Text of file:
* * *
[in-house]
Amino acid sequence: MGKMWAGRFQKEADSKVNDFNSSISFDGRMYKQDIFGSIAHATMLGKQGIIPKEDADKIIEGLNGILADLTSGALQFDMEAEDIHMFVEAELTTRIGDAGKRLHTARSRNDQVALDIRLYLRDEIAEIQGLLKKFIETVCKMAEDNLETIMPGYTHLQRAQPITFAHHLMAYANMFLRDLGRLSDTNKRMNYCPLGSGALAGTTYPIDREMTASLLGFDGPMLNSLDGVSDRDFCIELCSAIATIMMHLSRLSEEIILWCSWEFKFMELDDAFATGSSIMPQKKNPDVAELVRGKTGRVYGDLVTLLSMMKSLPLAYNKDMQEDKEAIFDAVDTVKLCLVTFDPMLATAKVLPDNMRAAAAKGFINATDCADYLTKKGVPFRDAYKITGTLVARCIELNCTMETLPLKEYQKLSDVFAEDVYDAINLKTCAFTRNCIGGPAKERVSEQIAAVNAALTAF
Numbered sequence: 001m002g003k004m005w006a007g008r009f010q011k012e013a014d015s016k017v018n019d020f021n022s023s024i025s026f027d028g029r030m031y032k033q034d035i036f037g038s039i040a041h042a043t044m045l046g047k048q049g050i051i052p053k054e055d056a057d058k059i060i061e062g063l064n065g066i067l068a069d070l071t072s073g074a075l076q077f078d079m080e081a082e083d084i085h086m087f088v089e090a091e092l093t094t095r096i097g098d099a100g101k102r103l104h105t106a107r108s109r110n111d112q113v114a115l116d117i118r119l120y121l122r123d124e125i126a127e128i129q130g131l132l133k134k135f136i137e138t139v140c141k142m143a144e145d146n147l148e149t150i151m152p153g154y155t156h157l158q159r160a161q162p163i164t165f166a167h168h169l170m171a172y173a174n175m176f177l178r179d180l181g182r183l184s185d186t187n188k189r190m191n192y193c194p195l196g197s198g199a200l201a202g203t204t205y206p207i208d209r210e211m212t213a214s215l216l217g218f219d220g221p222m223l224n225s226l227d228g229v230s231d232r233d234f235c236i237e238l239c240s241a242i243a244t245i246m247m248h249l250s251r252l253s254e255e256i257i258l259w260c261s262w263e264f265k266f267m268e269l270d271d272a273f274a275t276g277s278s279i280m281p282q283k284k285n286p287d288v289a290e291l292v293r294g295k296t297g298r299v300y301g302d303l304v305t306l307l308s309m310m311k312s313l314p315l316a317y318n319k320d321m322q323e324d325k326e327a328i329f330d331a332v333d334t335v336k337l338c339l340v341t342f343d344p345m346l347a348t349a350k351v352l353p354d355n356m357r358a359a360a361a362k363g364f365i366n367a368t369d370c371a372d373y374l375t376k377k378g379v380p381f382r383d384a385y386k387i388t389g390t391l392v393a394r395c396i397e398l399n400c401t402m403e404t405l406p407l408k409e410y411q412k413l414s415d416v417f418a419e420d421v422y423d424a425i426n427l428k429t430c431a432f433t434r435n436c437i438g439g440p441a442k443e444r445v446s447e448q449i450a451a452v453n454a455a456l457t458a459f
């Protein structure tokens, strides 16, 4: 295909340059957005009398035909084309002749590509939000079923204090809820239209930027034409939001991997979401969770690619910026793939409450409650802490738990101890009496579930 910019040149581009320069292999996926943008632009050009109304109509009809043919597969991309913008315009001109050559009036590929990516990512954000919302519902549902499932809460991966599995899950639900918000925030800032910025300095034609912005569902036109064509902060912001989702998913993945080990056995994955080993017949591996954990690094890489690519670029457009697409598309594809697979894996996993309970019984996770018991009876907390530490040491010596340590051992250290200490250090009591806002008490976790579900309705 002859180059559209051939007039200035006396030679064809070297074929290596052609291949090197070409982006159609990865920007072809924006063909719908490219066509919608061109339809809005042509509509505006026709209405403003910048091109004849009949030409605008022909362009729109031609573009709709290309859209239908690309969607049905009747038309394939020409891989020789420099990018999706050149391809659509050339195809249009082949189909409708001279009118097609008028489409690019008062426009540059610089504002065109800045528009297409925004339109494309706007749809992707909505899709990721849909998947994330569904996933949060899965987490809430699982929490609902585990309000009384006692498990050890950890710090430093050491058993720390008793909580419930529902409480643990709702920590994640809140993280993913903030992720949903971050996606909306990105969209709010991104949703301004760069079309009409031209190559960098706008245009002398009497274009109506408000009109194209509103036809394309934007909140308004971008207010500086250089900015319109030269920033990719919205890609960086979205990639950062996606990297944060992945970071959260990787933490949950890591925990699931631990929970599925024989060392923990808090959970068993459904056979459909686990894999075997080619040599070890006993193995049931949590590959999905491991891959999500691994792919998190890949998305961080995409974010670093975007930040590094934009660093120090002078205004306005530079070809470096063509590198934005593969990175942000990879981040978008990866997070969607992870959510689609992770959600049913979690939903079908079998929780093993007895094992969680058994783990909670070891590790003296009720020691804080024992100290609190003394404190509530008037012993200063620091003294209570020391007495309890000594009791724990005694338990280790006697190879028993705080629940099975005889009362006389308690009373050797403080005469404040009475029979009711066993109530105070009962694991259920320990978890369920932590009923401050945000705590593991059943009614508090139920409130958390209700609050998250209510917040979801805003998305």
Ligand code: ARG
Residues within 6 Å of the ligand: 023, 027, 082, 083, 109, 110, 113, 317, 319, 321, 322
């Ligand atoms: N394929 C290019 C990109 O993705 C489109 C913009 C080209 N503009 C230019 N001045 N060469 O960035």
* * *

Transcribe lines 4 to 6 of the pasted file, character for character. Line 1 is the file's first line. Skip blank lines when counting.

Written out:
């Protein structure tokens, strides 16, 4: 295909340059957005009398035909084309002749590509939000079923204090809820239209930027034409939001991997979401969770690619910026793939409450409650802490738990101890009496579930 910019040149581009320069292999996926943008632009050009109304109509009809043919597969991309913008315009001109050559009036590929990516990512954000919302519902549902499932809460991966599995899950639900918000925030800032910025300095034609912005569902036109064509902060912001989702998913993945080990056995994955080993017949591996954990690094890489690519670029457009697409598309594809697979894996996993309970019984996770018991009876907390530490040491010596340590051992250290200490250090009591806002008490976790579900309705 002859180059559209051939007039200035006396030679064809070297074929290596052609291949090197070409982006159609990865920007072809924006063909719908490219066509919608061109339809809005042509509509505006026709209405403003910048091109004849009949030409605008022909362009729109031609573009709709290309859209239908690309969607049905009747038309394939020409891989020789420099990018999706050149391809659509050339195809249009082949189909409708001279009118097609008028489409690019008062426009540059610089504002065109800045528009297409925004339109494309706007749809992707909505899709990721849909998947994330569904996933949060899965987490809430699982929490609902585990309000009384006692498990050890950890710090430093050491058993720390008793909580419930529902409480643990709702920590994640809140993280993913903030992720949903971050996606909306990105969209709010991104949703301004760069079309009409031209190559960098706008245009002398009497274009109506408000009109194209509103036809394309934007909140308004971008207010500086250089900015319109030269920033990719919205890609960086979205990639950062996606990297944060992945970071959260990787933490949950890591925990699931631990929970599925024989060392923990808090959970068993459904056979459909686990894999075997080619040599070890006993193995049931949590590959999905491991891959999500691994792919998190890949998305961080995409974010670093975007930040590094934009660093120090002078205004306005530079070809470096063509590198934005593969990175942000990879981040978008990866997070969607992870959510689609992770959600049913979690939903079908079998929780093993007895094992969680058994783990909670070891590790003296009720020691804080024992100290609190003394404190509530008037012993200063620091003294209570020391007495309890000594009791724990005694338990280790006697190879028993705080629940099975005889009362006389308690009373050797403080005469404040009475029979009711066993109530105070009962694991259920320990978890369920932590009923401050945000705590593991059943009614508090139920409130958390209700609050998250209510917040979801805003998305």
Ligand code: ARG
Residues within 6 Å of the ligand: 023, 027, 082, 083, 109, 110, 113, 317, 319, 321, 322